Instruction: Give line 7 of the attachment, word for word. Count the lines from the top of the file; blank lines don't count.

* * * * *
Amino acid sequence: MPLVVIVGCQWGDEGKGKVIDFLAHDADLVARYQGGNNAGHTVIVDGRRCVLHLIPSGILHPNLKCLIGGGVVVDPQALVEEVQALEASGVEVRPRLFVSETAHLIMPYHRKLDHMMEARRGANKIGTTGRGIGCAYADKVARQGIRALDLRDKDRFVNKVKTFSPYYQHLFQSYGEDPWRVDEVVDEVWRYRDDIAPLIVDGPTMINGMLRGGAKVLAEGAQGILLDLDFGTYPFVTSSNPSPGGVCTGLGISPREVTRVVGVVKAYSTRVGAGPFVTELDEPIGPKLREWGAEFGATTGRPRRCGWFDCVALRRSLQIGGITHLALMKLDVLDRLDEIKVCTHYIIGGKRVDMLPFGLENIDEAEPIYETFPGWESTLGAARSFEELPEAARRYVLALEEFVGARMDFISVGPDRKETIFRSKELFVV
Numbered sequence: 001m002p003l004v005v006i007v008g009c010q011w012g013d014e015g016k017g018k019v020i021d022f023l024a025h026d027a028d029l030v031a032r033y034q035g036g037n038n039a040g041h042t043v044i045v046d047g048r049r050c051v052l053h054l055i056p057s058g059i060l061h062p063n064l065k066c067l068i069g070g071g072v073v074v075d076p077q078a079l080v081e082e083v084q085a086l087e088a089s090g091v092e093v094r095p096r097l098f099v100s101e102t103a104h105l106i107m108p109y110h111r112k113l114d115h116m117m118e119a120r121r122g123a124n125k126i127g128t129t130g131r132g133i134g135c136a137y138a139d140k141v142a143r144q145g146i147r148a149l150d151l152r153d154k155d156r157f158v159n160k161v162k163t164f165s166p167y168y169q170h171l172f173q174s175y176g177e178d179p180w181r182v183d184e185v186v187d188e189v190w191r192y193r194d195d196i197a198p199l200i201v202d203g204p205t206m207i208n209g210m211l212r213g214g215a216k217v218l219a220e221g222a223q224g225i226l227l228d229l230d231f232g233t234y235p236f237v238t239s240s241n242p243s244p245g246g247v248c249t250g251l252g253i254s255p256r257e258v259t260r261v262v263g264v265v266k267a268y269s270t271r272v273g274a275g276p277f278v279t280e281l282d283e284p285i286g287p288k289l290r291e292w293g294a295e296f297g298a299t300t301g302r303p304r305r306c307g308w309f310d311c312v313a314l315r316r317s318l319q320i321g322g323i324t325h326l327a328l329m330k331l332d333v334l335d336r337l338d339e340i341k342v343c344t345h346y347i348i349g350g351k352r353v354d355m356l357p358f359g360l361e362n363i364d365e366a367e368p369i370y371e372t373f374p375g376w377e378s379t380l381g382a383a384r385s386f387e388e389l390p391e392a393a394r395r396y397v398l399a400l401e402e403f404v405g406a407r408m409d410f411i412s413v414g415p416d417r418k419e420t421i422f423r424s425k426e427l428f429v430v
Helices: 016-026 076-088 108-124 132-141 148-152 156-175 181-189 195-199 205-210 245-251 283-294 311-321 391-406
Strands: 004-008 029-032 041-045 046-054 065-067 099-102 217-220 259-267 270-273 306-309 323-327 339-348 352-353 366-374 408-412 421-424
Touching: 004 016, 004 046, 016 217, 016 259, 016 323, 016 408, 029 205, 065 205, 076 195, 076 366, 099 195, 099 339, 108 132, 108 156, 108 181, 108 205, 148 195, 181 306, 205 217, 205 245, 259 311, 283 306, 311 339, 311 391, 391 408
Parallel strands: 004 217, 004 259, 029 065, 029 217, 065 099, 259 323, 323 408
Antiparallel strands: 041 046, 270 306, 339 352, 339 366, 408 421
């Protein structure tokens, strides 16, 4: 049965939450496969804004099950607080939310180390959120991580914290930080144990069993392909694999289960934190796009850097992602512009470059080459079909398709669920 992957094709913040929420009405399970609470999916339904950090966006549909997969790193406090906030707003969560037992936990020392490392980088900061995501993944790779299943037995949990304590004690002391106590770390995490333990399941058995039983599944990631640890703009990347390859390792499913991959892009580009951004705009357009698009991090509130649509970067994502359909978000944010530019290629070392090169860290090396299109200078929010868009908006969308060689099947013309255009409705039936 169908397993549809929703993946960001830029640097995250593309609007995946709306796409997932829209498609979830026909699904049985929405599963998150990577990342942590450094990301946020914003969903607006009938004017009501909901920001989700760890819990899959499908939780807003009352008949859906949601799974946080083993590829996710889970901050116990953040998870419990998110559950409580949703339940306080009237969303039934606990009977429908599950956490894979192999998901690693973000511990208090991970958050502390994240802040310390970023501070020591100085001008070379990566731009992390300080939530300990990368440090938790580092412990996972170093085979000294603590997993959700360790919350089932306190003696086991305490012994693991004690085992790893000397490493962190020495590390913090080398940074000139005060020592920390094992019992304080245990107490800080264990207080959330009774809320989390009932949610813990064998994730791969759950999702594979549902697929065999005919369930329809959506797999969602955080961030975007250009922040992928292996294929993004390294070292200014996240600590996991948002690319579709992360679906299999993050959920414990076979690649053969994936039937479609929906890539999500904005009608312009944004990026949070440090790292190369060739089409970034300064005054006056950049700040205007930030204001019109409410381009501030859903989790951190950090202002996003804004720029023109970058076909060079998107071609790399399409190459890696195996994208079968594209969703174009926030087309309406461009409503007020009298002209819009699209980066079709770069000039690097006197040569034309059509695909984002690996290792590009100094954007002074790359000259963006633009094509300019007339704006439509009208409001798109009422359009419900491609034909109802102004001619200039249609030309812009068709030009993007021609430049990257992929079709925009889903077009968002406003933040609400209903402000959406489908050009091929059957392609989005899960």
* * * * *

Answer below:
Antiparallel strands: 041 046, 270 306, 339 352, 339 366, 408 421